28. In Local 2750, Lumber and Sawmill Workers Union, AFL-CIO v. Cole, 663 F.2d 983 (9th Cir. 1981), the Ninth Circuit remanded a case to the district court to award damages for four weeks of vacation pay, which it concluded were necessary to make the employee whole. Id. at 987; see also United States v. Burke, 504 U.S. 229, 239 (1992) (listing vacation pay as one of the amounts recoverable for being wrongfully discharged on the basis of sex), superceded by statute on other grounds by The Small Business Protection Act of 1996, Pub.L. No. 104--188, § 1605, 110 Stat. 1838.
29. Viveros proffers no evidence that she would not have used her annual leave hours had she not been wrongfully terminated. Nor indeed does she even advance such an argument. Evidence of Viveros' work history with the Postal Service indicates that she always used much of her annual leave, and during two years, used all of the hours allotted or more than the hours allotted.*fn63 Absent evidence and argument that she would not have used her annual leave hours had she been working for the Postal Service, awarding Viveros compensation for annual leave would amount to mere speculation. See Sure-Tan, Inc. v. N.L.R.B., 467 U.S. 883, 900 (1984) ("[I]t remains a cardinal, albeit frequently unarticulated assumption, that a backpay remedy must be sufficiently tailored to expunge only the actual, and not merely speculative, consequences of the unfair labor practices"); McKenna v. City of Philadelphia, 636 F.Supp.2d 446, 459 (E.D. Pa. 2009) (finding "banked" vacation and sick time too speculative to support a back pay award, despite plaintiff's claim that he would not have used any of the time that would have accrued during the back pay period). Consequently, the court concludes that Viveros is not entitled to an award of compensation for annual leave.
E. Calculation of Sick Leave
30. The parties similarly disagree as to whether Viveros is entitled to recover an amount for the sick leave hours she would have accrued had she not been terminated.*fn64 Donahoe contends that sick leave cannot be awarded because it is not "cashed out" at the conclusion of employment.*fn65 The court agrees that awarding Viveros monetary damages for sick leave hours she was unable to use after her termination would result in a duplicative monetary award, given the Postal Service's no cash out policy and the court's decision to award plaintiff back pay based on her monthly salary. Such an award would do more than reinstate Viveros to the position she would have been had the discriminatory act not occurred, since under no circumstance would Viveros have been entitled to be financially compensated for accrued sick leave hours had she remained at the Postal Service. See Naton v. Bank of California, 649 F.2d 691, 700 (9th Cir. 1981) (declining to award the monetary value of sick leave hours when the employer's "policy did not permit sick leave or vacation benefits to be 'cashed out,' [and required] that a retiring employee . . . use the accrued benefits by ceasing to work prior to the retirement date"). For these reasons, the court declines to award Viveros the monetary value of the sick leave hours she would have accrued subsequent to her termination.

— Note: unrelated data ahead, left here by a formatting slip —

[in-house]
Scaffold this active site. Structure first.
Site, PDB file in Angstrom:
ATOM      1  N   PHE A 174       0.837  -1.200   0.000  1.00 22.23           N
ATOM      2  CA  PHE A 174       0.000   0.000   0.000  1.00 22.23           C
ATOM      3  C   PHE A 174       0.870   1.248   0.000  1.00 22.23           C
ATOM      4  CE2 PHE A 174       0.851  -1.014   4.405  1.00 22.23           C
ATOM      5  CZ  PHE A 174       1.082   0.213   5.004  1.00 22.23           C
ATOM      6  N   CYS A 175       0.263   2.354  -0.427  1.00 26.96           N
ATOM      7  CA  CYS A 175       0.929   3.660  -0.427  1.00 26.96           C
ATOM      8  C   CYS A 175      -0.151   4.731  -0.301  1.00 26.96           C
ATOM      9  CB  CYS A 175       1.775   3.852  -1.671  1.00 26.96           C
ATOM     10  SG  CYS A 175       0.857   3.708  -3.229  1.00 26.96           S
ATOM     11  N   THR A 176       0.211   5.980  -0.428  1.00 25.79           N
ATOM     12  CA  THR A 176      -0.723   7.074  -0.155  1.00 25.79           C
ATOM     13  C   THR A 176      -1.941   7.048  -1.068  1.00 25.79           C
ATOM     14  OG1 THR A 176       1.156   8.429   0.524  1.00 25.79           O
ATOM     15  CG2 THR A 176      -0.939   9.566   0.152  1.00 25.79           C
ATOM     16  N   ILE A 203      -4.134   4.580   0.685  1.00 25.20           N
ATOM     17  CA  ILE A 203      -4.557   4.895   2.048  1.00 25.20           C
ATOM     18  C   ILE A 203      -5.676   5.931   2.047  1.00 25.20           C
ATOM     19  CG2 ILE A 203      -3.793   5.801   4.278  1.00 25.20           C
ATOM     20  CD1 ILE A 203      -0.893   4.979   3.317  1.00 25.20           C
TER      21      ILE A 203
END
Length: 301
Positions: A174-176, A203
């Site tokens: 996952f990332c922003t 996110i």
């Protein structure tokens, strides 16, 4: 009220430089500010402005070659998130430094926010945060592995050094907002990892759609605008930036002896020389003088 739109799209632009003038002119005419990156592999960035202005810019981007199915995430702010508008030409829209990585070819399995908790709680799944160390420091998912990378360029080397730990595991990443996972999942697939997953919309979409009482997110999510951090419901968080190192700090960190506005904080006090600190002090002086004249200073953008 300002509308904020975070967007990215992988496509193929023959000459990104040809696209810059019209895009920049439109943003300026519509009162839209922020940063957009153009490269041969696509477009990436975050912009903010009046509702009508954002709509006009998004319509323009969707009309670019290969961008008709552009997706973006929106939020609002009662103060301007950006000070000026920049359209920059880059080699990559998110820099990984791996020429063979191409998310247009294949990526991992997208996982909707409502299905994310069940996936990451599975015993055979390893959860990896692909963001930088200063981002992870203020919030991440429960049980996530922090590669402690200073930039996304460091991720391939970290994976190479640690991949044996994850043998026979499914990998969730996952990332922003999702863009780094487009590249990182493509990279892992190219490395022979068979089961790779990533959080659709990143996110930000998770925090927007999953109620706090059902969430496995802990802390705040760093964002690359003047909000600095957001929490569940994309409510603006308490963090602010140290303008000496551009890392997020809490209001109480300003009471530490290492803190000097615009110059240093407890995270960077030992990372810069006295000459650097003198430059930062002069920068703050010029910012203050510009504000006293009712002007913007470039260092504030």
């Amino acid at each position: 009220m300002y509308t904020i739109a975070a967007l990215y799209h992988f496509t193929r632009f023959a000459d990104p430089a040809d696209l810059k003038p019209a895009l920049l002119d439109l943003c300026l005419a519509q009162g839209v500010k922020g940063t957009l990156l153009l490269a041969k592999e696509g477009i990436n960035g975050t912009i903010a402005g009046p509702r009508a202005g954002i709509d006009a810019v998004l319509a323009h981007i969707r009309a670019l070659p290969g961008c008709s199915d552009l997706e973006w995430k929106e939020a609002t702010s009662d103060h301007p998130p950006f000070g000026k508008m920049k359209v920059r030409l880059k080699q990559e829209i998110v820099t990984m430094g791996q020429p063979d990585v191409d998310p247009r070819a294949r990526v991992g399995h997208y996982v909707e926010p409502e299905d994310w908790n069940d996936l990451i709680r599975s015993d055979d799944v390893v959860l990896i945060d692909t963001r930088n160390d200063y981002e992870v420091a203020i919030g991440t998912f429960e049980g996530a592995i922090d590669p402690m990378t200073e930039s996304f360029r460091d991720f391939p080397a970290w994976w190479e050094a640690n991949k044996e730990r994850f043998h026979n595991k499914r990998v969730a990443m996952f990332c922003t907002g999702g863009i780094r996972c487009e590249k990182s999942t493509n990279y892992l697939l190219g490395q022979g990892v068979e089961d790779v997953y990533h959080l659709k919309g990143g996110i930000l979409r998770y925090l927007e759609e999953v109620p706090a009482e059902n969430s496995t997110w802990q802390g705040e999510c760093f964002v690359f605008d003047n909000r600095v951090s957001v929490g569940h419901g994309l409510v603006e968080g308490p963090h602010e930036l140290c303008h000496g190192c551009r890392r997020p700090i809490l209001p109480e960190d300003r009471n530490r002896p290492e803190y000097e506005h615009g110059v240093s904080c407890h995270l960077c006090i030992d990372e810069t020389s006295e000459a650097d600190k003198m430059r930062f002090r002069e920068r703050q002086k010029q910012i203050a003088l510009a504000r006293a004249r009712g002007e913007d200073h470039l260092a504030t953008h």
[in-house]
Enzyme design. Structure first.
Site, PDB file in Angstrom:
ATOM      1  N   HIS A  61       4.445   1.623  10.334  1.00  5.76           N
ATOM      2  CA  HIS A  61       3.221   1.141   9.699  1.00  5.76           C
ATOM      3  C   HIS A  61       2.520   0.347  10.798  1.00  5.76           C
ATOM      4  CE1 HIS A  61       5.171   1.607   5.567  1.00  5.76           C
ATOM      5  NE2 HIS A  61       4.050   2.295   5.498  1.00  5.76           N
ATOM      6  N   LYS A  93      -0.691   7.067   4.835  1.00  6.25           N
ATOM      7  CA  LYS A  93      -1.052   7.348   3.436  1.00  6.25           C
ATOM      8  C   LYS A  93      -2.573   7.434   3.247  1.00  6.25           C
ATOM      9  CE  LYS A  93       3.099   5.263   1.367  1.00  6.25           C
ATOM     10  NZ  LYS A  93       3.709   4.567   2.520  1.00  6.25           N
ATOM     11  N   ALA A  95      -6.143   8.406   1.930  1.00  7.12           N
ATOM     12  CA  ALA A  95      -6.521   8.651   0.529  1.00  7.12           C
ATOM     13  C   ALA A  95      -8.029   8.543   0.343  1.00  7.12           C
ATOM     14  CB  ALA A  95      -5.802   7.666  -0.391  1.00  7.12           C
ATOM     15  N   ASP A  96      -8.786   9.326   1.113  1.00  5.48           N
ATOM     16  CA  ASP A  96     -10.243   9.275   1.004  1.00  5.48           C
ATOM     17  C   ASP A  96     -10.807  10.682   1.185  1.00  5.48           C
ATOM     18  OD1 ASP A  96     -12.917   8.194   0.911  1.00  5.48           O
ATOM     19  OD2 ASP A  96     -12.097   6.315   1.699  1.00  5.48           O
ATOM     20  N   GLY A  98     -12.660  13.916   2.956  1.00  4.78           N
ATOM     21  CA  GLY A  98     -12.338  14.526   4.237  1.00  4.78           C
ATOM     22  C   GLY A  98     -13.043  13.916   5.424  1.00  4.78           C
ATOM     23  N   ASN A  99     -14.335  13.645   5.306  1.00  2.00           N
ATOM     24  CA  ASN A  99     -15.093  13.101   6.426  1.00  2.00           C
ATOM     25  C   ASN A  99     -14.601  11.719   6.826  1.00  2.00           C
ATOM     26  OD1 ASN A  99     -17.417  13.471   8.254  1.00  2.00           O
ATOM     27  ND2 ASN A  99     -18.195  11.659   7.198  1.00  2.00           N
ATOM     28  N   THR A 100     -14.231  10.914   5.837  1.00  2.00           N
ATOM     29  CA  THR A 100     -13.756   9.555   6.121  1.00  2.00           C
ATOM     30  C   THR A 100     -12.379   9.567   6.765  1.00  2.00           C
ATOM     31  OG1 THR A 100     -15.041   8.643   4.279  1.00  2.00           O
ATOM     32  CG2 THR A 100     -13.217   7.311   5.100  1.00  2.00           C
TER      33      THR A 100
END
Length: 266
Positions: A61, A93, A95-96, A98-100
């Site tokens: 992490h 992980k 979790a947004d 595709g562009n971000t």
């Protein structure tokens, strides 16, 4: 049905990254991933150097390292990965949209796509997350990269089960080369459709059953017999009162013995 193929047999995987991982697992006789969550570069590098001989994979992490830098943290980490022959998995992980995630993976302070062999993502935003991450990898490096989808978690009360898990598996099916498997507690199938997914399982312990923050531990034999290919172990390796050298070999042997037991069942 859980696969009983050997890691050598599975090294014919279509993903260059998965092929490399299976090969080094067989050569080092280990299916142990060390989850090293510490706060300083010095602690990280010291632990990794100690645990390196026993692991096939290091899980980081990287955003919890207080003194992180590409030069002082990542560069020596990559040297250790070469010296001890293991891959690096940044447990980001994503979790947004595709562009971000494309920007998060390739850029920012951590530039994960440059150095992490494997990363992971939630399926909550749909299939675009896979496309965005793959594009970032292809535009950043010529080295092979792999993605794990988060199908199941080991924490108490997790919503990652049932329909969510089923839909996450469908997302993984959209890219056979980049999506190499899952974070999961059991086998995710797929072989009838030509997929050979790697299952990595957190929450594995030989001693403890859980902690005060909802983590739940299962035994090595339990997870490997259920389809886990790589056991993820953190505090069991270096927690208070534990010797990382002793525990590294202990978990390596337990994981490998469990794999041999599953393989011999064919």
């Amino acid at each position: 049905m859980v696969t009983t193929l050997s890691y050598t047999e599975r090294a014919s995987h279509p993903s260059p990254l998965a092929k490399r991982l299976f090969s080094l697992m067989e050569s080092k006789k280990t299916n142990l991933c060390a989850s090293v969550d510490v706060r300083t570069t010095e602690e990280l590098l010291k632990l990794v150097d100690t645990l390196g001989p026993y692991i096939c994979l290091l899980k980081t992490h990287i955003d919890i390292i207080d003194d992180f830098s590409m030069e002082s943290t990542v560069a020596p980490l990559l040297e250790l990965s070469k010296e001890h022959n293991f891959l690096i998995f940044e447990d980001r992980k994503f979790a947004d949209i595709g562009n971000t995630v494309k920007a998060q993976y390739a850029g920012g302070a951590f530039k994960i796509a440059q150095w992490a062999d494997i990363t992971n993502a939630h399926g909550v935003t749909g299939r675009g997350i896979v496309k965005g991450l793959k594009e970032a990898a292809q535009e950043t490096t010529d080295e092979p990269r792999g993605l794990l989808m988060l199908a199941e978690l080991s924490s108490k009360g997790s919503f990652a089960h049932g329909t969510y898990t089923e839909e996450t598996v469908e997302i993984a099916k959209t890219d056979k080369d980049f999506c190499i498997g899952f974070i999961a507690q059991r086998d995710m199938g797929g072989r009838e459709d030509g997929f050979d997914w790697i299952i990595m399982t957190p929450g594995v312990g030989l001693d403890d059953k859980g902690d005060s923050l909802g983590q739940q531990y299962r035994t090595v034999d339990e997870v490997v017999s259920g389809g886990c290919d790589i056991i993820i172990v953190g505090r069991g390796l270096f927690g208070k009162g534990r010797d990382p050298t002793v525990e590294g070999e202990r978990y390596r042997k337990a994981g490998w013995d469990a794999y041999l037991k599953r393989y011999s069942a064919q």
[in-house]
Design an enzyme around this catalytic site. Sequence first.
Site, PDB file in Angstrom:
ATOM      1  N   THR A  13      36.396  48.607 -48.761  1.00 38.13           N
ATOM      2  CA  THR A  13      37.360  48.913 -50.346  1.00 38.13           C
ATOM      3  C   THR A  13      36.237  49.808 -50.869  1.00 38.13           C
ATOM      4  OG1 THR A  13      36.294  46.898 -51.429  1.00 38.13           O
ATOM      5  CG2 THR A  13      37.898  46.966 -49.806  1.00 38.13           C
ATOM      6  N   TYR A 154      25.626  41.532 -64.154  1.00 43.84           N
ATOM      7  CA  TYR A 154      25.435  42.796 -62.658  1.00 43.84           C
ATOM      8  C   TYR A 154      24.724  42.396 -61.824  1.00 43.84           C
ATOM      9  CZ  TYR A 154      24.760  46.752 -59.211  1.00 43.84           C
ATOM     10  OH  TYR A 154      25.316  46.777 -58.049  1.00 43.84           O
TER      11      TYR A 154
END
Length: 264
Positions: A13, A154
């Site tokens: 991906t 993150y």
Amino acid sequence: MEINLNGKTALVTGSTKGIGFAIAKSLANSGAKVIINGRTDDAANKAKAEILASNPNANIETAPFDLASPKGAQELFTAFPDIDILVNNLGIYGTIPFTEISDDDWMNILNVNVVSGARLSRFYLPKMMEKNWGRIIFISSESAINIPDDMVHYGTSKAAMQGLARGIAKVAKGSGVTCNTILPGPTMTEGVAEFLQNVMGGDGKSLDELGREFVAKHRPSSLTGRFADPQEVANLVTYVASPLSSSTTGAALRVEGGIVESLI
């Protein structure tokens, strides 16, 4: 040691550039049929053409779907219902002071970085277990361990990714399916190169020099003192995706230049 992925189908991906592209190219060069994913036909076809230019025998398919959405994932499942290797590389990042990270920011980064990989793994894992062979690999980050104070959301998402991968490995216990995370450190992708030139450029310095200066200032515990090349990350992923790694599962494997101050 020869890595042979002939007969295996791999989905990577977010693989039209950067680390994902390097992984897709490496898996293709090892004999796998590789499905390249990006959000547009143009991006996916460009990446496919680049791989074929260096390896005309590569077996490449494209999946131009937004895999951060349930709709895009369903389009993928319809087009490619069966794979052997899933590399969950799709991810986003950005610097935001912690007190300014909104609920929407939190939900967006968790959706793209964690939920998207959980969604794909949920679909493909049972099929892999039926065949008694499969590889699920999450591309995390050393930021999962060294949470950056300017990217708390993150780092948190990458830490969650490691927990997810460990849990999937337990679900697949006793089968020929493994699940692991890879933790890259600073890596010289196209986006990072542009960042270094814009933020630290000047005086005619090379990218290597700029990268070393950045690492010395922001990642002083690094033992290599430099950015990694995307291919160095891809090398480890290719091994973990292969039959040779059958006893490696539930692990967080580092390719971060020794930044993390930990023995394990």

31. Viveros contends, in the alternative, that she should receive a sick-time credit upon reinstatement.*fn66 As with annual leave, however, Donahoe proffers evidence that Viveros often used most of the sick leave she was allotted.*fn67 Viveros does not adduce evidence, or even argue, that she would not have taken sick leave had she remained a Postal Service Employee. She has therefore not met her burden of proving damages. As a result, any time credit award would be based on speculation. See McKenna, 636 F.Supp.2d at 459. Consequently, the court declines to award any such credit.
F. Calculation of Thrift Savings Plan Contribution
32. Viveros argues that she is entitled to the value of the 5% matching contribution the Postal Service would have made had she contributed 10% of her gross income to her TSP account.*fn68 The parties agree that Viveros consistently contributed 10% of her salary each pay period prior to termination to her TSP account.*fn69 Donahoe argues that Viveros is only entitled to the 1% contribution the Postal Service would automatically have contributed to Viveros' TSP account whether or not she made personal contributions.*fn70 The evidence, however, indicates a consistent pattern of contributions by Viveros. Donahoe has proffered nothing suggesting that Viveros would have stopped making contributions that would have triggered the maximum matching contribution by the Postal Service had she remained employed. The court, therefore, that the Postal Service must make the matching contributions to the TSP account it would have made had Viveros contributed 10% of her salary to her TSP account in order to make Viveros whole.*fn71
33. The court therefore awards Viveros an amount equivalent to 5% of the gross pay she would have received from the time of her termination to the date of judgment, or $9,590. The parties agree that this amount should be paid by the Postal Service directly to the Federal Retirement Thrift Investment Board, which administers the TSP, and the court so orders.*fn72
G. Unemployment Benefits